Ozwald Boateng Q&A
Menswear designer Ozwald Boateng is known for his bespoke tailoring and craftsmanship. However what really makes him unique as a designer is his ability to innovate, modernise the traditional and add colour where least expected. His film, ‘A Man’s Story’, covers 12 years of his life – observing both his creative and personal journeys. Here he speaks about the film and his work.
WHAT IS YOUR PHILOSOPHY AS A DESIGNER?
I take something traditional, like a tailored suit, and put a modern twist on it. It’s the Savile Row concept – a great suit.
WHY IS IT IMPORTANT TO YOU TO STAY ON SAVILLE ROW?
Being situated on Savile Row is a fulfilment of a dream. I discovered Savile Row when I was 18 years old and I fell in love with what it represents – it is the birthplace of the suit.
WHAT INSPIRES YOU?
My inspiration comes from how I feel in a given moment. I have always used short film to communicate my emotion for the collections. I connect my emotion to my creativity; for instance, one autumn/winter collection was based on the Japanese appreciation of my early work.
It all comes back to the Savile Row concept; I start with a traditional base and see where I can take it.
HOW AND WHEN DID YOU KNOW YOU COULD DESIGN?
When I was 16 my father said to me that whatever comes easy in life stick to it. So when my friend asked me to help on her college fashion collection I began designing. I trusted my instincts and followed it. It is a question of whether or not you allow yourself to be guided.
DO YOU EVER FIND YOU HIT A BLOCK WHEN CREATING YOUR DESIGNS?
In the beginning when you start out it is difficult to overcome a creative block, but I have been designing a long time and it has become a system. When you become more developed and experienced you find that you become more creative, having less fear of doing things differently.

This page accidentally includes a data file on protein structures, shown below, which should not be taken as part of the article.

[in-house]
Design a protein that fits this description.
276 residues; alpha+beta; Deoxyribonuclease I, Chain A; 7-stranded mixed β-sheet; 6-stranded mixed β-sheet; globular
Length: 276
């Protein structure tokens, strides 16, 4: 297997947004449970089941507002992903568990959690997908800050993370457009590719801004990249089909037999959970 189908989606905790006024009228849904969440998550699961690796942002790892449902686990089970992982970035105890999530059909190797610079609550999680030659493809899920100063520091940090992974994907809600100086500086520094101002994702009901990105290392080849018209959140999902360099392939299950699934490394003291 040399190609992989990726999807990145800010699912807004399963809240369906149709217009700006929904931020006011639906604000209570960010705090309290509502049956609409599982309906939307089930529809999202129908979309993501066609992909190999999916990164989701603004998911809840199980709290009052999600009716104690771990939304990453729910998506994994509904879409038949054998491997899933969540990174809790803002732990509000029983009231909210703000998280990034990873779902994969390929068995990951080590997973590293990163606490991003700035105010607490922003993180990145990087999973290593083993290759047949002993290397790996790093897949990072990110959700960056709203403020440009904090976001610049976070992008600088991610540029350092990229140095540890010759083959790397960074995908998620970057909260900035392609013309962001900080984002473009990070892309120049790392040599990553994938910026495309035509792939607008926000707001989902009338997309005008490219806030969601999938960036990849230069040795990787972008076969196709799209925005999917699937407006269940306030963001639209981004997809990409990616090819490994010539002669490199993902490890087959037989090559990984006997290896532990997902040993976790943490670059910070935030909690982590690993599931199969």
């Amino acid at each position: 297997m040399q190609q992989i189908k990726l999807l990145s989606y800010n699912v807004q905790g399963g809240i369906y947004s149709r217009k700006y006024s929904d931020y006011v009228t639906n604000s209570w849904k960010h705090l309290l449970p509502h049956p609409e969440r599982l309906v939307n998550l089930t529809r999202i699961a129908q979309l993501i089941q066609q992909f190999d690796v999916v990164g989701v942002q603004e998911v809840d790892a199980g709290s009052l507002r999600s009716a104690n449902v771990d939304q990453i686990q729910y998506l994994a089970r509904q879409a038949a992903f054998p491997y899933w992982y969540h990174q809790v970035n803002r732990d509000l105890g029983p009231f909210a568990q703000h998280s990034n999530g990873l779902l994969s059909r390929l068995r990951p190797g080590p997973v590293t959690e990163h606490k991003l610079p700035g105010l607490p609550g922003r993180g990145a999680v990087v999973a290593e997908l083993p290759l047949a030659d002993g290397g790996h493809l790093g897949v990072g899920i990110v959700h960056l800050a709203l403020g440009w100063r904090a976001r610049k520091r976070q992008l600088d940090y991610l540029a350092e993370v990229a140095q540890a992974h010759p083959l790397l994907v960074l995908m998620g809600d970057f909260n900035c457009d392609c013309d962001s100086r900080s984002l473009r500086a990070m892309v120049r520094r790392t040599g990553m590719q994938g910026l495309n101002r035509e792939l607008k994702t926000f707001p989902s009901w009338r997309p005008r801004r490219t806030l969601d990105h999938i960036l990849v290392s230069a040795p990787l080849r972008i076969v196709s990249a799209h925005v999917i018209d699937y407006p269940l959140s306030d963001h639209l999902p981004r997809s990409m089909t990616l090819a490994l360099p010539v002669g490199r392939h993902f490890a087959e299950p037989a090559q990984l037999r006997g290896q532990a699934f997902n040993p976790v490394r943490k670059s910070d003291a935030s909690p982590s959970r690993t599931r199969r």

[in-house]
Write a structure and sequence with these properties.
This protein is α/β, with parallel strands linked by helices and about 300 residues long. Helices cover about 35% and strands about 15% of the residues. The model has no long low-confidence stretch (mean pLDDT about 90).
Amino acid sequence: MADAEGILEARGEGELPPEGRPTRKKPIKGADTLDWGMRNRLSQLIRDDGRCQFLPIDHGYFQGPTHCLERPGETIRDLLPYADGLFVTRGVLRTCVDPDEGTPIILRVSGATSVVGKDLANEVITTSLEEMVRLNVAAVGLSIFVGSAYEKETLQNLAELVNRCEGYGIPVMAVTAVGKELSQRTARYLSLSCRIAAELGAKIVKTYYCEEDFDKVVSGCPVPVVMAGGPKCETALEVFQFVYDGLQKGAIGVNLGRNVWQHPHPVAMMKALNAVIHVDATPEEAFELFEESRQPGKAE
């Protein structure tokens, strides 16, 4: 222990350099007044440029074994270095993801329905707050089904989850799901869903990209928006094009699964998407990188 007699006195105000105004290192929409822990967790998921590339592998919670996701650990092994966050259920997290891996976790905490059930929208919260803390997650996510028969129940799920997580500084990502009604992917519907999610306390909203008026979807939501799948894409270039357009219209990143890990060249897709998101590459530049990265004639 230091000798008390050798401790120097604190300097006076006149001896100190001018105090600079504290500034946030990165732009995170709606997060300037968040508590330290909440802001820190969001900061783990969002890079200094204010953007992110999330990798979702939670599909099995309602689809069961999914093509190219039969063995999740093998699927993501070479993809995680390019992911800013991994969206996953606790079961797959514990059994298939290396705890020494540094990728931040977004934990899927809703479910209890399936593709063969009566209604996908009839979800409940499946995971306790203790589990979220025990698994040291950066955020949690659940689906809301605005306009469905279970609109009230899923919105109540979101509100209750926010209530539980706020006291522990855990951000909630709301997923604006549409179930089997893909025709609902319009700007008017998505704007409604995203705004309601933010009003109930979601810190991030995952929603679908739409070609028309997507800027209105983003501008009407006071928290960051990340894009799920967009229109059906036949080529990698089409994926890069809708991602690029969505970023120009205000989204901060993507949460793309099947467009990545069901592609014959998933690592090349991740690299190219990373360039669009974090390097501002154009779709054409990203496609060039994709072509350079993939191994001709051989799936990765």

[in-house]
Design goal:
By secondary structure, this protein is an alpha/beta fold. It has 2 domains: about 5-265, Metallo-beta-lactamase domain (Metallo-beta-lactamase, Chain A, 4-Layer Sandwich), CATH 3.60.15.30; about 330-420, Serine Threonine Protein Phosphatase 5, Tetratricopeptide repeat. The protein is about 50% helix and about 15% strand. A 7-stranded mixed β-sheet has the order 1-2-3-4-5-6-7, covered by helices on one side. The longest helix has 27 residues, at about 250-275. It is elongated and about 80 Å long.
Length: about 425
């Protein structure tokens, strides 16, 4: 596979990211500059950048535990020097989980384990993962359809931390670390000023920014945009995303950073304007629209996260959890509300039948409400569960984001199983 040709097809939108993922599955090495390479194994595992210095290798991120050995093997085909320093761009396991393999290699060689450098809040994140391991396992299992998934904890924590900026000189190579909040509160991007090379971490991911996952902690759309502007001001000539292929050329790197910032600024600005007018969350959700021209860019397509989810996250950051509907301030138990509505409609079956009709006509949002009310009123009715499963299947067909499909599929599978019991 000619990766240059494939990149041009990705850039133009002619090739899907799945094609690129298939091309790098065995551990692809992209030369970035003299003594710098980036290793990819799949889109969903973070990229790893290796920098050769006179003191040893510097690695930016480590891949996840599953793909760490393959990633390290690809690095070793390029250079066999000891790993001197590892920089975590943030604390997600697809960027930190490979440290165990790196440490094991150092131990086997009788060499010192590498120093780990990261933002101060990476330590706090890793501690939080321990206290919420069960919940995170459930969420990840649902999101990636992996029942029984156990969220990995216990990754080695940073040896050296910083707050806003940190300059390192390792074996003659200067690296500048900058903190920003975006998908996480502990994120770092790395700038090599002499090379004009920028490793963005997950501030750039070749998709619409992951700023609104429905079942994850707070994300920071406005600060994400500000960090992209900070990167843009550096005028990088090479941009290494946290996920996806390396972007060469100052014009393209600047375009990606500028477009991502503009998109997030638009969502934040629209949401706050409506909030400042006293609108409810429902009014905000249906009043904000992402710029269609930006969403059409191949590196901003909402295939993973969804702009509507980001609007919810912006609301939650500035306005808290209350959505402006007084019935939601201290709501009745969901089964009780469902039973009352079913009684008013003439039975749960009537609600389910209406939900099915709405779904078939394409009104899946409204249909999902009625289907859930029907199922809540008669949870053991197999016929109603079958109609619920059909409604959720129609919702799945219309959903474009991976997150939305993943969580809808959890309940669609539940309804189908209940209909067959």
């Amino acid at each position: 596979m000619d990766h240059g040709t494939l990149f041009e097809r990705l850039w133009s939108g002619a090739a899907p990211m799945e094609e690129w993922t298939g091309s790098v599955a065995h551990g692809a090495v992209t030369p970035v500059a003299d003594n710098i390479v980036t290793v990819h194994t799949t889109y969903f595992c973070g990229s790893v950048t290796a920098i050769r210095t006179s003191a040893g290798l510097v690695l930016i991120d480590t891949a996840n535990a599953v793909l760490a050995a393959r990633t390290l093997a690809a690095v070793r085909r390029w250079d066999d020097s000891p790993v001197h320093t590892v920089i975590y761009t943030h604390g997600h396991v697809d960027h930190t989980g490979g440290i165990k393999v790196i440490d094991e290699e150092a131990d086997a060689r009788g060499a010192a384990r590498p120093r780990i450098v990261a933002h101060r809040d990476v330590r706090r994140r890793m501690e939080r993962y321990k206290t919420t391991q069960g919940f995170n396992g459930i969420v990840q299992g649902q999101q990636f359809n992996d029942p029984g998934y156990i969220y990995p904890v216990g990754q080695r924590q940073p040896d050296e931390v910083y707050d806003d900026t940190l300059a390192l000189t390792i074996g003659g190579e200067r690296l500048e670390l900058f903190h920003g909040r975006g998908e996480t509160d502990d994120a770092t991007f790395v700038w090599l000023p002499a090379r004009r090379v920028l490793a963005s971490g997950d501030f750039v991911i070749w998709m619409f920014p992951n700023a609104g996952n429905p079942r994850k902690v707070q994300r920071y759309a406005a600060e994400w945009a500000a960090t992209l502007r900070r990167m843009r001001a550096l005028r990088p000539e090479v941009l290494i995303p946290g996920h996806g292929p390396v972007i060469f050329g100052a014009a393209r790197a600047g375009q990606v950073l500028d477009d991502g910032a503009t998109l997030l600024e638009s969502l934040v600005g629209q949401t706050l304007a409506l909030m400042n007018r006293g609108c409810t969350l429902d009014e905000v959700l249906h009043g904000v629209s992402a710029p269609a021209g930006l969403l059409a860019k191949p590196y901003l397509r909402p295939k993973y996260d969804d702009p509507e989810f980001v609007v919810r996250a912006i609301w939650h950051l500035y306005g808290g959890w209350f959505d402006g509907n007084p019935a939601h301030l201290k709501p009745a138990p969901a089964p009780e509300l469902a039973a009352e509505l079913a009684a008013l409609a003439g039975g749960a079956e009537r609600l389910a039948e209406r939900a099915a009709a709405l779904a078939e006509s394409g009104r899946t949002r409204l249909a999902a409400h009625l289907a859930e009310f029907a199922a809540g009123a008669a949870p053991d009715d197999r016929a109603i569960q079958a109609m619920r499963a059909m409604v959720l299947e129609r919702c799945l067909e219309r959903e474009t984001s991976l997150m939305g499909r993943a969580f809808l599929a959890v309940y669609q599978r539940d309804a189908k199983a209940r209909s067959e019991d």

HOW DO YOU FILTER YOUR IDEAS DOWN AND DEVELOP LOTS OF IDEAS INTO ONE STRONG CONCEPT?
You have to put your ideas down and go with what feels the strongest. Edit yourself and eliminate the weaker ideas. I trust what captures my eye and interest first.
WOULD YOU EVER CONSIDER DESIGNING A DIFFUSION LINE?
Every brand has its own DNA and I have tried a diffusion line before, but it wasn’t as successful as my main line. The luxury end of the fashion industry is where I will stay.
WHAT DID YOU EXPECT FROM YOUR FILM – ‘A MAN’S STORY’?
I had no expectations of the film. I know that the film will inspire others, particularly young people. My intention was to inspire others and tell my story, that’s what I really enjoy about the process – having the ability to inspire.
WHAT IS YOUR VIEW ON THE RELATIONSHIP BETWEEN FASHION AND FILM?
Fashion and film have a strong relationship. Designers are strong directors, as many of the components needed to create a collection or a film are very similar. Fashion and film are natural partners, which is why I have always used film since I started, with short films to accompany the collections I produce.
Now how does that go into the future? We have seen Tom Ford directing his own film and that will become a common occurrence. Many more designers will begin to cross over into film.
IN THE FILM YOU HIT A LOW POINT WHERE AMONGST OTHER THINGS GOING ON, YOUR COLLECTION IS STOLEN. HOW DID YOU MOTIVATE YOURSELF TO BOUNCE BACK FROM THAT?
The big thing was that I still believed. The very nature of being creative means that there will inevitably be struggles. You need to believe in your work – spirituality for me has always played a key role in my life.
WHAT IS THE BEST PIECE OF ADVICE YOU COULD GIVE SOMEONE?
It’s not easy being a designer, but I would say my advice would be to believe in yourself and love what you do.
WHAT IS THE FUTURE FOR OZWALD BOATENG?
I hope to in the future open more stores and dress a couple of movies. I also have a big interest in Africa and what I can do there, especially working on their infrastructure. Life is an experience and I am just going to go for all my dreams. Getting the balance right between my work and family life has always been important to me, and I am going to continue working on that.
Source: Questions and answers were taken from a Q&A conducted at the Broadway Cinema in Nottingham on the 23rd March 2012.